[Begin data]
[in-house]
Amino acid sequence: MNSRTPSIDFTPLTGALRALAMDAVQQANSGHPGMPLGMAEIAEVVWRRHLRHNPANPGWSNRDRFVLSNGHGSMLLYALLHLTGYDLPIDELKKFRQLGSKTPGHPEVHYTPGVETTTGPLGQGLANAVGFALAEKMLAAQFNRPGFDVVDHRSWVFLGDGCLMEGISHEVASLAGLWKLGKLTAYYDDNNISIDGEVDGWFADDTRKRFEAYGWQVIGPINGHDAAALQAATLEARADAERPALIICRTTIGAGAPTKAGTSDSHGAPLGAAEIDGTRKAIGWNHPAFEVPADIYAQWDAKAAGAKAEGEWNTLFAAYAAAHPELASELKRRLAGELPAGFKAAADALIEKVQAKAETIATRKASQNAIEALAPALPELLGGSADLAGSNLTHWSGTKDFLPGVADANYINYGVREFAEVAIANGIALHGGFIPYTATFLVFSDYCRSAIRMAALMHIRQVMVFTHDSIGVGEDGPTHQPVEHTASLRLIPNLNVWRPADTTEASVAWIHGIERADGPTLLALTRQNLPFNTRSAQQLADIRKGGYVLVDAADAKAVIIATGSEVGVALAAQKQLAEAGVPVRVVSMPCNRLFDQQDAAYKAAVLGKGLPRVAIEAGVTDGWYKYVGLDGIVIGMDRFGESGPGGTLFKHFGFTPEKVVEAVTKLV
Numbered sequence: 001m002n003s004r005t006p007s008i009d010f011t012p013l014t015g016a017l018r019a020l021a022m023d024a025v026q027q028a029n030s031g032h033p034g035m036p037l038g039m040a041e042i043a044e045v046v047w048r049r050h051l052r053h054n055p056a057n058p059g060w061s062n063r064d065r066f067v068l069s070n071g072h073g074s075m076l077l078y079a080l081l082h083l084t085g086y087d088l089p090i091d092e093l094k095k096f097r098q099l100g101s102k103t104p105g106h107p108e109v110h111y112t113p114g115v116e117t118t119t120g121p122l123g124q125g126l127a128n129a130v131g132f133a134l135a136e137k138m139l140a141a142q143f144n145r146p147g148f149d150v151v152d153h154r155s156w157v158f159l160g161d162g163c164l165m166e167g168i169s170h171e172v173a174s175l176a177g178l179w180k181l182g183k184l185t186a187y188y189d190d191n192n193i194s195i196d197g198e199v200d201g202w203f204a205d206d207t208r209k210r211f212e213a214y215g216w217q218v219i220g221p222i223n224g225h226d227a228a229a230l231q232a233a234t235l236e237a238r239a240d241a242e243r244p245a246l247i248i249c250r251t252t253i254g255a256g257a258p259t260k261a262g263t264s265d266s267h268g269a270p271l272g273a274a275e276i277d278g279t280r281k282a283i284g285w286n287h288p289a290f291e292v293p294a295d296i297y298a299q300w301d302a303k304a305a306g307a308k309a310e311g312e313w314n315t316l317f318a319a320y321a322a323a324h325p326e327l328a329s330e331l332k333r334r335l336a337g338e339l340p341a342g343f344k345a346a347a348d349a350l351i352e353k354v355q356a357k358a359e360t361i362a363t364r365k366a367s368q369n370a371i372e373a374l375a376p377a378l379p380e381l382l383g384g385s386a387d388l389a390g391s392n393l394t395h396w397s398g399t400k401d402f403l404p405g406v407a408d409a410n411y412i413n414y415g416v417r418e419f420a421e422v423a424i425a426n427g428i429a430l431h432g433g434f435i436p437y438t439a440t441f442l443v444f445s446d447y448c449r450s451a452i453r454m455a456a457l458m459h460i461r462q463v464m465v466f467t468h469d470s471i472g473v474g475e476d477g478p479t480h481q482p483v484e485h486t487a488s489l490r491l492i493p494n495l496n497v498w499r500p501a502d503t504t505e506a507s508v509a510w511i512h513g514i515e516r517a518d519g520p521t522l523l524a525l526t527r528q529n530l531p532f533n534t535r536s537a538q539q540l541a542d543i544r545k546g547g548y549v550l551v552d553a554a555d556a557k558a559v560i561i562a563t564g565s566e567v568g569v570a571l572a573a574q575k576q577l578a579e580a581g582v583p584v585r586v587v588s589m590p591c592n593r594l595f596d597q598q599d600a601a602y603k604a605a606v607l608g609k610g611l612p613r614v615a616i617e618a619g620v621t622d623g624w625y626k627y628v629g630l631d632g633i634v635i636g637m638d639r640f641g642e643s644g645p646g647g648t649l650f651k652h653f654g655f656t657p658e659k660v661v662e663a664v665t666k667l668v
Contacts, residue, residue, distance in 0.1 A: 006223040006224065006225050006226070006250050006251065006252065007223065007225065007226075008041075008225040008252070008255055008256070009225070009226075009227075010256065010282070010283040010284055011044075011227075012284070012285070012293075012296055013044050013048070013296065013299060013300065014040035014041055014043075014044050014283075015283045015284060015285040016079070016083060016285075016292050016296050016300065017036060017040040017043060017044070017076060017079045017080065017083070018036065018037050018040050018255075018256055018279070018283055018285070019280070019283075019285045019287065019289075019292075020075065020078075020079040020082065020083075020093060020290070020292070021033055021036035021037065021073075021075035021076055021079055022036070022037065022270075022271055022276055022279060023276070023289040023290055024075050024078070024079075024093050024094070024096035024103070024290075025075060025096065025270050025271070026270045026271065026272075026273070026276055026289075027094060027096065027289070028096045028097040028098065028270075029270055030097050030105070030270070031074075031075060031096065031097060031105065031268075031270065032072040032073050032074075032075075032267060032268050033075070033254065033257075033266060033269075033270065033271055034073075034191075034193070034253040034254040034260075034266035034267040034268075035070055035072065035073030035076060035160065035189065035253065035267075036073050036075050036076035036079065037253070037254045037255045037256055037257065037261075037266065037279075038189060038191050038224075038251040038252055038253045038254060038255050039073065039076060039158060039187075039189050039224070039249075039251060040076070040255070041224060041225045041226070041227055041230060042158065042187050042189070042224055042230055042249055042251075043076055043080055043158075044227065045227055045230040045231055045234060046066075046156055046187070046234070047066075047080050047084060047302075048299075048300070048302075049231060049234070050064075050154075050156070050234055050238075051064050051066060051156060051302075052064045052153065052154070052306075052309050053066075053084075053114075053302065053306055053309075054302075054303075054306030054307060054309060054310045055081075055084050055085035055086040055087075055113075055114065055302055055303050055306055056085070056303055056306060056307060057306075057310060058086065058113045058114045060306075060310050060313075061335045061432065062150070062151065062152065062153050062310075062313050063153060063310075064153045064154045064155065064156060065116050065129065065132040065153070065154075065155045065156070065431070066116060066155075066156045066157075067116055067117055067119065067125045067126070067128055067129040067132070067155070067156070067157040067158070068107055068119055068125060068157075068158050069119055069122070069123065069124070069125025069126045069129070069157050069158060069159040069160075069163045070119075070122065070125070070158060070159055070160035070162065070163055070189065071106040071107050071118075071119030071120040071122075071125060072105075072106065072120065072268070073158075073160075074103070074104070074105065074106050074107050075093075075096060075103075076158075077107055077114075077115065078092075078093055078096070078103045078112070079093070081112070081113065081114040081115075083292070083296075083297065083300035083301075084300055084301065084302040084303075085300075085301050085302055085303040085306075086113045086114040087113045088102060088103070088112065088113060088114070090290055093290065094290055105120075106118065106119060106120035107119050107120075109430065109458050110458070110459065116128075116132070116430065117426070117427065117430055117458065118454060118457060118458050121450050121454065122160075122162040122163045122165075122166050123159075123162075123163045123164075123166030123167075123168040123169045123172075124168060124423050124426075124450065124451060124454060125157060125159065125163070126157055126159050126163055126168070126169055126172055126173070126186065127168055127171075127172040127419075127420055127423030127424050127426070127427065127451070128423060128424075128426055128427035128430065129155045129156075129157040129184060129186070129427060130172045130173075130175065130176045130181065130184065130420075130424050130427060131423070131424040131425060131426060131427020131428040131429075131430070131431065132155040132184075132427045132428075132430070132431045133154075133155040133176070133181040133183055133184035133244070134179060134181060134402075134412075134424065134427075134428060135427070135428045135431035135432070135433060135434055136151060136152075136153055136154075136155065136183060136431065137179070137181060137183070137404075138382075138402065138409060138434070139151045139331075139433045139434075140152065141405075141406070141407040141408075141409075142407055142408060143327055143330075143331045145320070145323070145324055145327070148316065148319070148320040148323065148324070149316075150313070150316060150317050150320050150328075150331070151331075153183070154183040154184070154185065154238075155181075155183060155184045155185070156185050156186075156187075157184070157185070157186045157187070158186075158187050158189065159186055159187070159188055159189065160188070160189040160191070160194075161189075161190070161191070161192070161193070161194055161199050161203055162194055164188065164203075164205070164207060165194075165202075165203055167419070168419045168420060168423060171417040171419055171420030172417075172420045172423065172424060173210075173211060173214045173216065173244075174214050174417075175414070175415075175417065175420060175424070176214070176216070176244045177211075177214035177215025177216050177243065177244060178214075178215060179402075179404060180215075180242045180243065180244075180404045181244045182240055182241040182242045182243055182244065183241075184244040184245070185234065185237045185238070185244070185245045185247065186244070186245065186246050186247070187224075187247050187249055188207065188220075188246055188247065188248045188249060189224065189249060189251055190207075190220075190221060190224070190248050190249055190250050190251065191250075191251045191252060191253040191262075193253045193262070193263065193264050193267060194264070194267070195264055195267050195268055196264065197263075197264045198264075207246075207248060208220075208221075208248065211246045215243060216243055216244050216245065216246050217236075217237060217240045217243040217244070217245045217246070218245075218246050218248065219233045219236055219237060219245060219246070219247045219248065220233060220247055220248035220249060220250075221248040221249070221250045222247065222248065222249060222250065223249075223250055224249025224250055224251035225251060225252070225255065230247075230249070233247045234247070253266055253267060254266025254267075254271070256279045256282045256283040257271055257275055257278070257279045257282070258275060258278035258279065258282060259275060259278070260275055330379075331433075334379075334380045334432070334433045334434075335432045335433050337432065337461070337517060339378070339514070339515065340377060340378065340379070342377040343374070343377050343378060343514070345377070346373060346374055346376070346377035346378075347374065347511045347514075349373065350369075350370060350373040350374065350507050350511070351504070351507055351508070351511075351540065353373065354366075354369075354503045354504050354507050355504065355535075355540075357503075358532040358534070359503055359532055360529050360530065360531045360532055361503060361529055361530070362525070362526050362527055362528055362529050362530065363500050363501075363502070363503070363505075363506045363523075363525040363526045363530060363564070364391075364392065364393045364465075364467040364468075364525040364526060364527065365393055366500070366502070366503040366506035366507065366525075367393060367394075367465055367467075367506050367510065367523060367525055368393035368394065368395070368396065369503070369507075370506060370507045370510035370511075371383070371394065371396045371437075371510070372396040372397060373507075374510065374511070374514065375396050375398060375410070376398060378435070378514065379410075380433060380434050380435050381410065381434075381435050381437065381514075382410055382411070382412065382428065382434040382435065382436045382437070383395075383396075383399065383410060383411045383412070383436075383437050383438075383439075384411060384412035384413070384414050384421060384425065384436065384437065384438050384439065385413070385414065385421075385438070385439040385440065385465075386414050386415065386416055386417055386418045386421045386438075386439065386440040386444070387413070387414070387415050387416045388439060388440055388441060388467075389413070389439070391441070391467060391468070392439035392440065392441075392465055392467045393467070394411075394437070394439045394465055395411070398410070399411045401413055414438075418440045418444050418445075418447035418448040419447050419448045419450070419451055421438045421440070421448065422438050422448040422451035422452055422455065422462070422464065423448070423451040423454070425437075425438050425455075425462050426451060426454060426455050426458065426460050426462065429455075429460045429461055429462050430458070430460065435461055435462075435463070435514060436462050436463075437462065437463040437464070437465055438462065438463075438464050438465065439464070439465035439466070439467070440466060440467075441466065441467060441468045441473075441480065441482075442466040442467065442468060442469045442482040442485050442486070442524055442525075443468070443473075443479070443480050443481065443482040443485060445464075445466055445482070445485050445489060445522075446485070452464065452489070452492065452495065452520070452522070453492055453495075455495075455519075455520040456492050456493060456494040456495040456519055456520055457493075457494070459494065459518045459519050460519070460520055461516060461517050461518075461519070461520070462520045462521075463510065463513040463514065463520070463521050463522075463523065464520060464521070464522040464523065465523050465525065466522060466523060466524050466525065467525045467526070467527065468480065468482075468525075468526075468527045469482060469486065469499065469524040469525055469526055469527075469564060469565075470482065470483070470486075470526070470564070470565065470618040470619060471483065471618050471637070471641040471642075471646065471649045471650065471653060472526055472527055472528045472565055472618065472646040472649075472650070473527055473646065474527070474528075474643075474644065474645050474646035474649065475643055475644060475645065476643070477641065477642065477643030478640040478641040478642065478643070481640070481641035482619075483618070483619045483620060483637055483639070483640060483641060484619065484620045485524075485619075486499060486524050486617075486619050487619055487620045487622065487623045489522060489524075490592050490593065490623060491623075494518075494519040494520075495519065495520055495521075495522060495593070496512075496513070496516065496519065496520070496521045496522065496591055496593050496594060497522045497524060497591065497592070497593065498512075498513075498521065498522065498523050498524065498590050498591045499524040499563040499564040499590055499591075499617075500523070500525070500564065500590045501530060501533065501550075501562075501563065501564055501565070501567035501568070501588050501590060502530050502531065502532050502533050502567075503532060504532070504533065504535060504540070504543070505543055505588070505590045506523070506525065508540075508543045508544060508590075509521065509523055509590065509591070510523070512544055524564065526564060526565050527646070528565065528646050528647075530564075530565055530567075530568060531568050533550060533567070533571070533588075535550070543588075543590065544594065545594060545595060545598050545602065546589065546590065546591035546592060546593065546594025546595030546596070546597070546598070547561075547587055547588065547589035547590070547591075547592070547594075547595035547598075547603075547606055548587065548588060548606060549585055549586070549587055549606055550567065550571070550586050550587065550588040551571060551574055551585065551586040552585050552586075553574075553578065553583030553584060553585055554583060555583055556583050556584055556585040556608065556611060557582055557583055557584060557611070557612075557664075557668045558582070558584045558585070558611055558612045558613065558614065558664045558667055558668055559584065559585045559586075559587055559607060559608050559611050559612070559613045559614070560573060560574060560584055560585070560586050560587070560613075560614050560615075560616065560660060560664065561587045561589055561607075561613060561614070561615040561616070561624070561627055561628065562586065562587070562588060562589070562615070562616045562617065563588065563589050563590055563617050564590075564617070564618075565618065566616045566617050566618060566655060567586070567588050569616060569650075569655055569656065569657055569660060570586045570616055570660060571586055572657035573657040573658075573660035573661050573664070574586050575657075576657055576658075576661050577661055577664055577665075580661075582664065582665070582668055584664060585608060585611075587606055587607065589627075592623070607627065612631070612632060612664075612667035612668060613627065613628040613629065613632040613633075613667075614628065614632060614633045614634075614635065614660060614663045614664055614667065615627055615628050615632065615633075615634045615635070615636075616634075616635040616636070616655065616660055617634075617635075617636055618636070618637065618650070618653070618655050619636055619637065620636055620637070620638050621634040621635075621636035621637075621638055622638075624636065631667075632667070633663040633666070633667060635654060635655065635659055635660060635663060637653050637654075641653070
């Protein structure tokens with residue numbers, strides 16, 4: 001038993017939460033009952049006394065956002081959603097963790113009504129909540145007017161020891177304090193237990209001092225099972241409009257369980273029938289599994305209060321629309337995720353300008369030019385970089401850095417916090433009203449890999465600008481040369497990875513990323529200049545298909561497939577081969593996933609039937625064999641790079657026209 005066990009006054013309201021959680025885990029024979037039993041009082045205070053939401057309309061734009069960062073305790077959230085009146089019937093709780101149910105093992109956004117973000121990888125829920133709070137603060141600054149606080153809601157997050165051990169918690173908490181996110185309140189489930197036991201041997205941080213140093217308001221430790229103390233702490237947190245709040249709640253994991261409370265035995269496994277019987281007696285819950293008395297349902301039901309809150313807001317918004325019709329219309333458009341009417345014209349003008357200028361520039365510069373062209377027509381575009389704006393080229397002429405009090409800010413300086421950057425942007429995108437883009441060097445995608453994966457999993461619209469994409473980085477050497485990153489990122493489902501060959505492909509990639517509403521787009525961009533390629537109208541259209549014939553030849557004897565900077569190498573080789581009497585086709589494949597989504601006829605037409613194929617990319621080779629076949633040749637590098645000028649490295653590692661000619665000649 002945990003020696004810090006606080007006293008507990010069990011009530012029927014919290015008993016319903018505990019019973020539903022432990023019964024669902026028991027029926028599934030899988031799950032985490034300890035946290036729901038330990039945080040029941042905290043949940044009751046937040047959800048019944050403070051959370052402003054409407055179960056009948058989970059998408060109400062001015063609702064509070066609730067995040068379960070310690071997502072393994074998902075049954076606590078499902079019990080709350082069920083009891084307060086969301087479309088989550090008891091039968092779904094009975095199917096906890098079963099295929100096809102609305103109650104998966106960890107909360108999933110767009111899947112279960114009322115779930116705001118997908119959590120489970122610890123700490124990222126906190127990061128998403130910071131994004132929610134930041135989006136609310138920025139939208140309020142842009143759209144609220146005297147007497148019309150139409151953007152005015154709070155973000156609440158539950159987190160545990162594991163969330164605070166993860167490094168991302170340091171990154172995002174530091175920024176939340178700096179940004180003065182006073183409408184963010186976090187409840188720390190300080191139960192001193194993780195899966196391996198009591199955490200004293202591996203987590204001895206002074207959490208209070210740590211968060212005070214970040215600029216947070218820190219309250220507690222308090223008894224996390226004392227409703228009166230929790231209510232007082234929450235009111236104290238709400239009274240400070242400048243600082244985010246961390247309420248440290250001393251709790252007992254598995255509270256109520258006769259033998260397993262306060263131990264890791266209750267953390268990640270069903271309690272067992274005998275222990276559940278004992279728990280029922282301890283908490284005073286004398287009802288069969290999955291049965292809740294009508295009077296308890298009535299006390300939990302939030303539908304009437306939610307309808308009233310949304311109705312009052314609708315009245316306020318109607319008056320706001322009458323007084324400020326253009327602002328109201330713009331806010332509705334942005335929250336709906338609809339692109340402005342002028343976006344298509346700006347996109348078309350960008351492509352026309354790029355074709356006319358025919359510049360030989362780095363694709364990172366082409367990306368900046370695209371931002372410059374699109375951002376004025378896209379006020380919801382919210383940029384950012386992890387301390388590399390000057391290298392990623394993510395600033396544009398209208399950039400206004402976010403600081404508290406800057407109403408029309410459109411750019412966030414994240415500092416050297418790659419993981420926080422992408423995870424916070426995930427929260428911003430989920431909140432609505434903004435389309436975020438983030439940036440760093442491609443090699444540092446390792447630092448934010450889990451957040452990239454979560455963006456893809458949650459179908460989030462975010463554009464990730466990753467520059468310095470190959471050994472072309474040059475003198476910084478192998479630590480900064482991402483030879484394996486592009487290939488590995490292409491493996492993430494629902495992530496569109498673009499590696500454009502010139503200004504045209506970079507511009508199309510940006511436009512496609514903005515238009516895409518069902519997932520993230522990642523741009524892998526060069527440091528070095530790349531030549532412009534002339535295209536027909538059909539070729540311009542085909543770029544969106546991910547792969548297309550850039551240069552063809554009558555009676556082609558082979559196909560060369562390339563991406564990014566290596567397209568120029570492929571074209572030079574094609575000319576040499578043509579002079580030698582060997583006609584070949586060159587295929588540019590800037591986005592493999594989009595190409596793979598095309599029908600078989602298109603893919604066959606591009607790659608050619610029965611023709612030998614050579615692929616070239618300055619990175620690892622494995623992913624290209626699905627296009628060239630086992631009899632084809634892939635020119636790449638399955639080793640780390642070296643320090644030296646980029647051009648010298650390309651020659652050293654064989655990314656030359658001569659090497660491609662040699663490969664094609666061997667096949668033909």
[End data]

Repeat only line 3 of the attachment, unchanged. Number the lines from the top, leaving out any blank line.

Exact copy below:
Numbered sequence: 001m002n003s004r005t006p007s008i009d010f011t012p013l014t015g016a017l018r019a020l021a022m023d024a025v026q027q028a029n030s031g032h033p034g035m036p037l038g039m040a041e042i043a044e045v046v047w048r049r050h051l052r053h054n055p056a057n058p059g060w061s062n063r064d065r066f067v068l069s070n071g072h073g074s075m076l077l078y079a080l081l082h083l084t085g086y087d088l089p090i091d092e093l094k095k096f097r098q099l100g101s102k103t104p105g106h107p108e109v110h111y112t113p114g115v116e117t118t119t120g121p122l123g124q125g126l127a128n129a130v131g132f133a134l135a136e137k138m139l140a141a142q143f144n145r146p147g148f149d150v151v152d153h154r155s156w157v158f159l160g161d162g163c164l165m166e167g168i169s170h171e172v173a174s175l176a177g178l179w180k181l182g183k184l185t186a187y188y189d190d191n192n193i194s195i196d197g198e199v200d201g202w203f204a205d206d207t208r209k210r211f212e213a214y215g216w217q218v219i220g221p222i223n224g225h226d227a228a229a230l231q232a233a234t235l236e237a238r239a240d241a242e243r244p245a246l247i248i249c250r251t252t253i254g255a256g257a258p259t260k261a262g263t264s265d266s267h268g269a270p271l272g273a274a275e276i277d278g279t280r281k282a283i284g285w286n287h288p289a290f291e292v293p294a295d296i297y298a299q300w301d302a303k304a305a306g307a308k309a310e311g312e313w314n315t316l317f318a319a320y321a322a323a324h325p326e327l328a329s330e331l332k333r334r335l336a337g338e339l340p341a342g343f344k345a346a347a348d349a350l351i352e353k354v355q356a357k358a359e360t361i362a363t364r365k366a367s368q369n370a371i372e373a374l375a376p377a378l379p380e381l382l383g384g385s386a387d388l389a390g391s392n393l394t395h396w397s398g399t400k401d402f403l404p405g406v407a408d409a410n411y412i413n414y415g416v417r418e419f420a421e422v423a424i425a426n427g428i429a430l431h432g433g434f435i436p437y438t439a440t441f442l443v444f445s446d447y448c449r450s451a452i453r454m455a456a457l458m459h460i461r462q463v464m465v466f467t468h469d470s471i472g473v474g475e476d477g478p479t480h481q482p483v484e485h486t487a488s489l490r491l492i493p494n495l496n497v498w499r500p501a502d503t504t505e506a507s508v509a510w511i512h513g514i515e516r517a518d519g520p521t522l523l524a525l526t527r528q529n530l531p532f533n534t535r536s537a538q539q540l541a542d543i544r545k546g547g548y549v550l551v552d553a554a555d556a557k558a559v560i561i562a563t564g565s566e567v568g569v570a571l572a573a574q575k576q577l578a579e580a581g582v583p584v585r586v587v588s589m590p591c592n593r594l595f596d597q598q599d600a601a602y603k604a605a606v607l608g609k610g611l612p613r614v615a616i617e618a619g620v621t622d623g624w625y626k627y628v629g630l631d632g633i634v635i636g637m638d639r640f641g642e643s644g645p646g647g648t649l650f651k652h653f654g655f656t657p658e659k660v661v662e663a664v665t666k667l668v